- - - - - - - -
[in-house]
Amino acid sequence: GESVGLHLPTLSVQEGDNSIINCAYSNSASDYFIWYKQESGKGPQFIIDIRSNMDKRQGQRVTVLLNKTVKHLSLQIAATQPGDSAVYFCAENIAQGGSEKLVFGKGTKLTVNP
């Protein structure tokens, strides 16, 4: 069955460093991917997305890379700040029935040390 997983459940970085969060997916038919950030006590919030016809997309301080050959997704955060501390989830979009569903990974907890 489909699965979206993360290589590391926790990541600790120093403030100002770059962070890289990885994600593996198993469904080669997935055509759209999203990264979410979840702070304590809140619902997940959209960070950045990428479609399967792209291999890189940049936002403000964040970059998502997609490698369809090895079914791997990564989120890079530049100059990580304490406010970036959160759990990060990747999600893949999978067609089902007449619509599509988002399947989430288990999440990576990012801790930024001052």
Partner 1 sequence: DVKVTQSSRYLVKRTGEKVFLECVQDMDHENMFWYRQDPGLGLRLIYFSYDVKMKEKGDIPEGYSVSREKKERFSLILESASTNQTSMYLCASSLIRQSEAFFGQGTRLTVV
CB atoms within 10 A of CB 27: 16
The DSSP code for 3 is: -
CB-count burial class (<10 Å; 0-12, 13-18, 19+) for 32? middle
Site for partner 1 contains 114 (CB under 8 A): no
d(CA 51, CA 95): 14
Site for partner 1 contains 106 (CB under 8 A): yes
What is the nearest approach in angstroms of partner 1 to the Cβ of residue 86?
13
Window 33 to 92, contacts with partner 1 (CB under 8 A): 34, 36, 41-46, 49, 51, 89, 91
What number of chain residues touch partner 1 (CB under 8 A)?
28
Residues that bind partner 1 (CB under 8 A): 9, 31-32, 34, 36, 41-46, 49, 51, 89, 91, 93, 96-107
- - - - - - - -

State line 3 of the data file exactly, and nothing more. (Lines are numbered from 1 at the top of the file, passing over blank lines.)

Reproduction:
């Protein structure tokens, strides 16, 4: 069955460093991917997305890379700040029935040390 997983459940970085969060997916038919950030006590919030016809997309301080050959997704955060501390989830979009569903990974907890 489909699965979206993360290589590391926790990541600790120093403030100002770059962070890289990885994600593996198993469904080669997935055509759209999203990264979410979840702070304590809140619902997940959209960070950045990428479609399967792209291999890189940049936002403000964040970059998502997609490698369809090895079914791997990564989120890079530049100059990580304490406010970036959160759990990060990747999600893949999978067609089902007449619509599509988002399947989430288990999440990576990012801790930024001052």